Finding God in the Dark includes a quote from Madonna: “I have an iron will, and all of my will has always been to conquer some horrible feeling of inadequacy…My drive in life is from this horrible fear of being mediocre.” (p.57)
Author Ted Kluck goes on to say how he can relate with this quote. I too can relate. Kluck points out than in America, we laud this attitude and encourage our young people to have this same kind of drive.
For those of us with this type of drive, we know the dark side of it. It’s a dark side that Madonna herself admits from within the quote. What makes the fear of inadequacy and the fear of mediocrity “horrible” is that these things have no end. You can accomplish something great, but it’s never enough. If your motivation for excellence is to prove yourself, you’ll simply need to prove yourself again. You see this with athletes all the time. They tell reporters their drive is to win the championship ring. This ring will validate them forever as not being mediocre. They get their ring, but then they need another one, and another one. Eventually their skills wane and no one wants them anymore. I’m sure there’s no worse feeling in the world for a world-class athlete to be called a “has been” or “washed up”. Only the potential call from the Hall of Fame can save their worth now, emblazoning their face in bronze forever: “This guy is not a loser. He was once better than most at the game of football. So we made a bronze face of his and gave him a yellow “Not A Loser” jacket.”
I was certainly never world-class, but it’s even hard for me to watch football now, 3 ACL surgeries later, knowing these guys are doing something I love, that I’ll never get to do again (even flag football in the park is out). It’s not the end of the world for me because I never looked to football for my ultimate sense of value and purpose. I know many who have though. The reason they still clutch to the game is not because of love for the game, it’s because of love for themselves, and the need for the approval from others they get in playing the game. And if they’ve left football, they simply look to something else to find this approval they thirst for.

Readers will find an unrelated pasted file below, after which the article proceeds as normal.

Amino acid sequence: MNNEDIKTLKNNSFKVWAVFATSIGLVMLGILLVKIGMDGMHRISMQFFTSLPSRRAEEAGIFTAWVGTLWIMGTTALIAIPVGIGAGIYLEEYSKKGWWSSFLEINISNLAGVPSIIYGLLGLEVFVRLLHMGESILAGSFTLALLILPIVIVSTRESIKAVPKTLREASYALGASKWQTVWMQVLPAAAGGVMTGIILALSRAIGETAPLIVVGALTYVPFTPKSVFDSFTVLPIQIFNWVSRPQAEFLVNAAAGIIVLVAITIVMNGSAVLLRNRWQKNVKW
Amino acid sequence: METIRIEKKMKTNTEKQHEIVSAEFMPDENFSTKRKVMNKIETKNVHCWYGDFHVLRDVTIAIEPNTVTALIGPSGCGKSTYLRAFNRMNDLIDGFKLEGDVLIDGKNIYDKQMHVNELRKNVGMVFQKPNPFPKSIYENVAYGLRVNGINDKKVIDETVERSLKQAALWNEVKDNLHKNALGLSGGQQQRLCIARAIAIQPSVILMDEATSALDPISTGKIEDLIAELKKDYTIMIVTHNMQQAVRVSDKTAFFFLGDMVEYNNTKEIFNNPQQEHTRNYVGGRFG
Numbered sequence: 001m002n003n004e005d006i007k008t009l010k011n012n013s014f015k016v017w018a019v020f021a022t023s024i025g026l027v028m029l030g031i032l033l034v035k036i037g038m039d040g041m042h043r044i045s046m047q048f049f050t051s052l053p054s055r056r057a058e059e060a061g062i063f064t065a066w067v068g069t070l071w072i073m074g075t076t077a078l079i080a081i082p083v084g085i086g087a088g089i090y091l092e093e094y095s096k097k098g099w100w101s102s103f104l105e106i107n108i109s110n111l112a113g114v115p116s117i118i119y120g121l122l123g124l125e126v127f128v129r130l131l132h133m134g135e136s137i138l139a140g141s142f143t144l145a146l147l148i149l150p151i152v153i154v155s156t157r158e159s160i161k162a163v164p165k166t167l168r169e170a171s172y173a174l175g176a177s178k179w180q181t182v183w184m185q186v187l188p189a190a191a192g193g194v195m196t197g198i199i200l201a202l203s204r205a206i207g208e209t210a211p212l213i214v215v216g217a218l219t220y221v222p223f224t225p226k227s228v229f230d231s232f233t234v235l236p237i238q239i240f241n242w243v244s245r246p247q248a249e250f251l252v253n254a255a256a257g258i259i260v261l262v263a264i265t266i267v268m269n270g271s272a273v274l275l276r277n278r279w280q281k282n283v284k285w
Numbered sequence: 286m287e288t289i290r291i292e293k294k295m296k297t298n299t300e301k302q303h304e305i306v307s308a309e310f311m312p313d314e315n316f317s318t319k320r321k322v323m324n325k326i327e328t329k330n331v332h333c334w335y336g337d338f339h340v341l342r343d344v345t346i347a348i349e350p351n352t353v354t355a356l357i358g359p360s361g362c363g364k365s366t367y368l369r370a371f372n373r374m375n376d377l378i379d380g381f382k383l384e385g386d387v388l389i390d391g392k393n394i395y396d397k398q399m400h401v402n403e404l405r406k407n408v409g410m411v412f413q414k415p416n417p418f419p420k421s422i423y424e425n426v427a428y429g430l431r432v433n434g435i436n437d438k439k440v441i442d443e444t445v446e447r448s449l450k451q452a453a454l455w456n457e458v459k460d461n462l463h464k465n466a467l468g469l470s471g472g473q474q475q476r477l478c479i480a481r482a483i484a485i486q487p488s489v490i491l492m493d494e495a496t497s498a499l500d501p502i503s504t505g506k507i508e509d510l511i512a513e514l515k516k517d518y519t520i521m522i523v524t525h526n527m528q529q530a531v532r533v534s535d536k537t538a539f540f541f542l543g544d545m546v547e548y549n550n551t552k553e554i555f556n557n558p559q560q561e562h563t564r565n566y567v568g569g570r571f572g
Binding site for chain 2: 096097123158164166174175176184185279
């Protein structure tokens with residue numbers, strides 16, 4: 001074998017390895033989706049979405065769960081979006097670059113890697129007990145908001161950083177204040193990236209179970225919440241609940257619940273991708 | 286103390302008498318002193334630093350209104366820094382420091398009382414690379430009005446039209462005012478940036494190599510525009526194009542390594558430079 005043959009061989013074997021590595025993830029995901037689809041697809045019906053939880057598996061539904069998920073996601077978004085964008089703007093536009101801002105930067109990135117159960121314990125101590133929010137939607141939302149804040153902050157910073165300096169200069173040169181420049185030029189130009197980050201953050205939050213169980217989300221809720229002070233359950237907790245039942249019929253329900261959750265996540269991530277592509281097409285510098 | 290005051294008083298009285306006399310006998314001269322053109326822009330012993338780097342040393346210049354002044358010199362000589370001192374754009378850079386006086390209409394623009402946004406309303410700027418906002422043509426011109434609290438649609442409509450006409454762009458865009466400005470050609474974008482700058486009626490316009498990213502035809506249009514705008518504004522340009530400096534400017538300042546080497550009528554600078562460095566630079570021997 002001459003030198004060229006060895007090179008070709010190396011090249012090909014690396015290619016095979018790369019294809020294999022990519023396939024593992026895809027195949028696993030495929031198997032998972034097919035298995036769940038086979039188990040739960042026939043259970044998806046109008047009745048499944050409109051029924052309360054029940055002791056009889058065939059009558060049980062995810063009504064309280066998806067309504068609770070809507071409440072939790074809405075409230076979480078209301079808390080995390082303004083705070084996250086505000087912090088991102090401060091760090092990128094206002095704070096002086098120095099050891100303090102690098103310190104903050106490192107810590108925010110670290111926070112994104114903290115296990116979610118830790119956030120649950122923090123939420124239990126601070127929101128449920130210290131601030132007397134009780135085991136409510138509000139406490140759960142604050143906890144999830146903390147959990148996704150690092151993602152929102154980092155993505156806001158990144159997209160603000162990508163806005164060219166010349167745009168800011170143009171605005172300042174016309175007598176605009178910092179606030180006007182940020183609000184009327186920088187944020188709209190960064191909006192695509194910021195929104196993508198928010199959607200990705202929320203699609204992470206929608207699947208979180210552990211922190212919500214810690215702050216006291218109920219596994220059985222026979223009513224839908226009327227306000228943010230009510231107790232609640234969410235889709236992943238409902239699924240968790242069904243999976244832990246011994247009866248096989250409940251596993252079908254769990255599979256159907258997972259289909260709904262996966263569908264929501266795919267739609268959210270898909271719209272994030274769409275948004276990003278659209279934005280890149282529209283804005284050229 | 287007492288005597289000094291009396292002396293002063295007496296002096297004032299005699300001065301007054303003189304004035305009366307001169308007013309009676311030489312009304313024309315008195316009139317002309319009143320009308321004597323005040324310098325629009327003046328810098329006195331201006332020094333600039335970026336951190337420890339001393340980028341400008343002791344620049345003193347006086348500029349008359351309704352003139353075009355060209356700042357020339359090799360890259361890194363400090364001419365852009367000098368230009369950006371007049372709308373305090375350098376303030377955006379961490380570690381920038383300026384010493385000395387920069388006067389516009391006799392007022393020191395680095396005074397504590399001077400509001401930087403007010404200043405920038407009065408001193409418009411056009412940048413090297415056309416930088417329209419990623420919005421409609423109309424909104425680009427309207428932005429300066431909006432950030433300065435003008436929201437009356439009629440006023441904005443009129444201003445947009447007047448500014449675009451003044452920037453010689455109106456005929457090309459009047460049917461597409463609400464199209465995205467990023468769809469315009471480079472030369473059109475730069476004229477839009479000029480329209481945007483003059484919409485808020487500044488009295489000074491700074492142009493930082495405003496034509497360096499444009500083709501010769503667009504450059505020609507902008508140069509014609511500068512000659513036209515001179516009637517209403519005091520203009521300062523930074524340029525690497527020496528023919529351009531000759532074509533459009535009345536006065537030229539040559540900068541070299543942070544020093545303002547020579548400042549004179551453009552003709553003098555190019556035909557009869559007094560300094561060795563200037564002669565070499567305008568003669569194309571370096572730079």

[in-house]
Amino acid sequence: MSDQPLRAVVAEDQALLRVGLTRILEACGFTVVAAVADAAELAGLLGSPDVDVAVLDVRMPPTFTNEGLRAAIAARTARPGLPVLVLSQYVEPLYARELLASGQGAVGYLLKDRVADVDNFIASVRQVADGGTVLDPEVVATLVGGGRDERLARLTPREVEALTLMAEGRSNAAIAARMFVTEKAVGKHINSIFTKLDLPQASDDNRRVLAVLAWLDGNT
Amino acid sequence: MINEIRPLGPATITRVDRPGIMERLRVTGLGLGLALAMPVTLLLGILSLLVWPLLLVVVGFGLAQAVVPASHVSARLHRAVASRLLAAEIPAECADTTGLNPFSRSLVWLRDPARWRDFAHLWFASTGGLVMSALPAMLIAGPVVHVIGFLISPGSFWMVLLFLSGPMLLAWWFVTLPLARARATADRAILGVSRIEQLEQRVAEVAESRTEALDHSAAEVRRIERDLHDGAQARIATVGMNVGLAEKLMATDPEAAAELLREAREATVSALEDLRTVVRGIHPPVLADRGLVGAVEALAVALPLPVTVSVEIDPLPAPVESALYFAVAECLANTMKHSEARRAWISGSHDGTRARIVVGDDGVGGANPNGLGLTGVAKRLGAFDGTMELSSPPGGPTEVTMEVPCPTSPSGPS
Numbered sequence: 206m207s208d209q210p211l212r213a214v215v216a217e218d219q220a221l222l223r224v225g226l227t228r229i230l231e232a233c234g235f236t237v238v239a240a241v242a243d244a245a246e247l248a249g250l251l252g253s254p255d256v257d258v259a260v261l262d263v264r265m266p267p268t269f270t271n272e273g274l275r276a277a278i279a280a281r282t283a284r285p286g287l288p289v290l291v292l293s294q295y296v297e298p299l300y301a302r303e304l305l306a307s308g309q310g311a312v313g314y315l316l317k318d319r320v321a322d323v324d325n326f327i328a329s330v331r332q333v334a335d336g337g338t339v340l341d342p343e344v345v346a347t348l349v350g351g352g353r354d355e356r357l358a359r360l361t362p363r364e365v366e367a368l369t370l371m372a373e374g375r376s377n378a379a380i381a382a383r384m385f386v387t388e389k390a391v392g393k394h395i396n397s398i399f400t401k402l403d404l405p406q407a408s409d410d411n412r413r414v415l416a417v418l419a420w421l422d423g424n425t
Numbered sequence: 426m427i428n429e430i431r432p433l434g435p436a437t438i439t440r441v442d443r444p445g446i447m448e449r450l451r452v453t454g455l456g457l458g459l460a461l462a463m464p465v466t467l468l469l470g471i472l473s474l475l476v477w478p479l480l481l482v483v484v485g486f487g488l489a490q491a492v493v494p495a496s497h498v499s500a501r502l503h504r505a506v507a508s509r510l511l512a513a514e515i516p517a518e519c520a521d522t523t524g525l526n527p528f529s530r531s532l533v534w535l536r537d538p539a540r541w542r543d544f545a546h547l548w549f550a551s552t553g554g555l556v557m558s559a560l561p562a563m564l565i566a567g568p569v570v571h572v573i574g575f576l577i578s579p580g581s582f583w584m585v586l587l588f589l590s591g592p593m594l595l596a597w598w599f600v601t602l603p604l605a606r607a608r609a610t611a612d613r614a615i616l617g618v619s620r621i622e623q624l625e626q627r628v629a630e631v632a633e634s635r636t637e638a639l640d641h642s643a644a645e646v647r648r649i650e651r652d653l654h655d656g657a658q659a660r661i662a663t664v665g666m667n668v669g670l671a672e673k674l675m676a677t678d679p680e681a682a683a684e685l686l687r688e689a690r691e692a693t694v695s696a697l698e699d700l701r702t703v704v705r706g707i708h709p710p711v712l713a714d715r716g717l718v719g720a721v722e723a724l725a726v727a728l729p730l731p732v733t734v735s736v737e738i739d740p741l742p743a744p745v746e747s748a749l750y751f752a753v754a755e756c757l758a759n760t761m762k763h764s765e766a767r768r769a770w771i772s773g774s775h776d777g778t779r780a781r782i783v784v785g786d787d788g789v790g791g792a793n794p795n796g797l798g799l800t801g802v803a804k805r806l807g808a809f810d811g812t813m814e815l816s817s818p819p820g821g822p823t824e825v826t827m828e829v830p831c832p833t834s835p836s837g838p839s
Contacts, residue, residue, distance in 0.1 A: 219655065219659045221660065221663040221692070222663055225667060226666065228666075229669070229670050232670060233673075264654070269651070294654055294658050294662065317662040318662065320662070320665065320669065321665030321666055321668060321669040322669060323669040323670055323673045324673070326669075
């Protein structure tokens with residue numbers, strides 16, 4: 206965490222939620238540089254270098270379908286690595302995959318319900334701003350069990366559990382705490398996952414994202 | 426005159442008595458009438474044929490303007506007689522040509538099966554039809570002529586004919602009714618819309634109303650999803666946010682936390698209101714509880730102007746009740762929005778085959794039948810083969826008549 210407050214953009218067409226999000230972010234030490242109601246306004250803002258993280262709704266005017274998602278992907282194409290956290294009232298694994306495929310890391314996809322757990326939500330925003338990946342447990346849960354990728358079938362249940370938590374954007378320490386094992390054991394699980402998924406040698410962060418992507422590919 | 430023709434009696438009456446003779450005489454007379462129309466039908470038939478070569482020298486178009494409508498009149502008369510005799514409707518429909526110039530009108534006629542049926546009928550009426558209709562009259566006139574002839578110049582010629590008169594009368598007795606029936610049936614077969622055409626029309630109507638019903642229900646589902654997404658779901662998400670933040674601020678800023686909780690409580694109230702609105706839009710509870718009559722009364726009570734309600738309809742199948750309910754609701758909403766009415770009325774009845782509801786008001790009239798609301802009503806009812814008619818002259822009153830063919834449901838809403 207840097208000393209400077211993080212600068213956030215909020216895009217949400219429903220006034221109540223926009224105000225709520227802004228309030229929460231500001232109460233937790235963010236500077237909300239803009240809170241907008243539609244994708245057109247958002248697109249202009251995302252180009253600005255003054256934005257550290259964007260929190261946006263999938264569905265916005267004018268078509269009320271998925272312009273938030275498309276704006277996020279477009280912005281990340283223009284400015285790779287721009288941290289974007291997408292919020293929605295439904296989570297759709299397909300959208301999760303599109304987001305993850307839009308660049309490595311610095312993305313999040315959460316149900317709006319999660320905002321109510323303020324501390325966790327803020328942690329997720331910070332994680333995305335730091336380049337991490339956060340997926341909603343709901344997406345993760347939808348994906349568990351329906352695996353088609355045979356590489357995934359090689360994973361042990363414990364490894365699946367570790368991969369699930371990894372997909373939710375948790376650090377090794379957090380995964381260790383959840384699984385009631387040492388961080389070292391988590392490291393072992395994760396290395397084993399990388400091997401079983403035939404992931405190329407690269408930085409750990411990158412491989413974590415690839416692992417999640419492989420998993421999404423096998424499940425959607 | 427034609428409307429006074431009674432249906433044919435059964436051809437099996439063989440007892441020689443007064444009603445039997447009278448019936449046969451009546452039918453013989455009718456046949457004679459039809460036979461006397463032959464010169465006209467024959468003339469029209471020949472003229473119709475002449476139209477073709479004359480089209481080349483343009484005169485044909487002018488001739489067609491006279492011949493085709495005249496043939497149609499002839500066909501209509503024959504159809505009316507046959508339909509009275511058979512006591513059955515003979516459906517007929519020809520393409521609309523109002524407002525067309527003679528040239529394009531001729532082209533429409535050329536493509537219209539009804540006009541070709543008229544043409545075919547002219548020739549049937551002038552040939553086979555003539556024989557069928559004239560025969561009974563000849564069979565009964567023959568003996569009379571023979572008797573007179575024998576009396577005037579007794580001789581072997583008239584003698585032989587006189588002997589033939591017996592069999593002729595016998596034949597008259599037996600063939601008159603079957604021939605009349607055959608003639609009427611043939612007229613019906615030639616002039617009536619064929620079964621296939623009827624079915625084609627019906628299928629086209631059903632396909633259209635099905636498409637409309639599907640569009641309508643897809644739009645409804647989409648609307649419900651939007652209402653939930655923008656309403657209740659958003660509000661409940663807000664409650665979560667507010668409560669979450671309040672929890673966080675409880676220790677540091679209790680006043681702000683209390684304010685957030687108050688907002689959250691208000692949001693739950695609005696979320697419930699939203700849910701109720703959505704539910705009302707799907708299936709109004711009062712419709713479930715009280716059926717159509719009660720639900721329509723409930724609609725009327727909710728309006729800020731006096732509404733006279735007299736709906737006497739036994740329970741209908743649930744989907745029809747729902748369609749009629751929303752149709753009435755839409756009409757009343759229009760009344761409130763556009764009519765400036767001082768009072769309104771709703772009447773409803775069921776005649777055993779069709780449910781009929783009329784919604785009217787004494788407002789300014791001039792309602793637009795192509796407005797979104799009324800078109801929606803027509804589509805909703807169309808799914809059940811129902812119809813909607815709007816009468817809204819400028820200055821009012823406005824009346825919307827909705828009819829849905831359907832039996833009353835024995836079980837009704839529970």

Kluck points out that this unquenchable drive “negates the possibility of our ever being satisfied.” (Which, as Christians, is very unbiblical!)
So what does it look like to be satisfied? Especially for those who are like me and Madonna (that’s just fun to say)…
In my inner battles with this, I’ve learned that my satisfaction has to come with being God’s son. Romans 8:3-4 tells me, “…so he (Jesus) condemned sin in the flesh, in order that the righteous requirement of the law might be fully met in us…” What this tells us is that there is no such thing as a mediocre or inadequate Christian. If you are in Christ, you receive a 100% on the final exam. Jesus’ fully met the righteous requirement of the Law, and that requirement is now in me because Jesus is in me.
One of the best phrases I got from Finding God in the Dark was the principle of “living pardoned”, which I’ll blog about more in detail later. But when I feel like I have something to prove, I’m acting like my pardon from Jesus isn’t enough to actually free me. Like I’m before the Judge and He says, “Well you have done all these bad things. I know Jesus took your place and pardoned you, but why don’t you give me just a little bit more, a little icing on the cake? Stand on your head. Good job. Now rub your belly and pat your head at the same time. Nice work. Okay, now you’re free to go, you’ve proved your value to me.” Romans 8:3-4 tells me there’s no extra credit needed to be done. Jesus filled out the exam and let’s me put my name on it. I can live in his freedom and in the ready-made identity of being God’s son (Romans 8:15-17).
Practically, this doesn’t mean we have to sit on our couches all day, afraid to try to accomplish anything lest we fall into pride and self-validation. It simply means we keep the perspective of understanding what our job is and what God’s job is. My job is to plant seeds and water them, God’s job is to make them grow (1 Cor. 3:5-8). I’m not a terrible Christian when the seeds don’t harvest, nor am I a superhero when they do. We should offer God excellence in our work, because God is worthy of our excellence, and it’s very meaningful to know we our honoring our King, rather than squandering our lives. And when someone compliments us, we can sincerely say “Thank you”, knowing we honored God with the gifts he gave us.
Our motivation stops being to make a name for ourselves, and it becomes to make a name for Jesus. We can be faithful to do what God has put on our hearts to do, not feeling mediocre or inadequate if it doesn’t make us into a celebrity, become a best-seller, or put us in the Hall of Fame.
- Ep. 35: Interview with Kevin DeVries on going from a millionaire to homeless, finding wholeness from brokenness + dying for 15 minutes and seeing the Risen Christ - September 18, 2020
- All Lives Matter vs. Black Lives Matter - September 11, 2020
- Ep. 34: Interview with Todd A. Wilson on a biblical theology for sex, marriage, and LGBTQ+ issues - August 25, 2020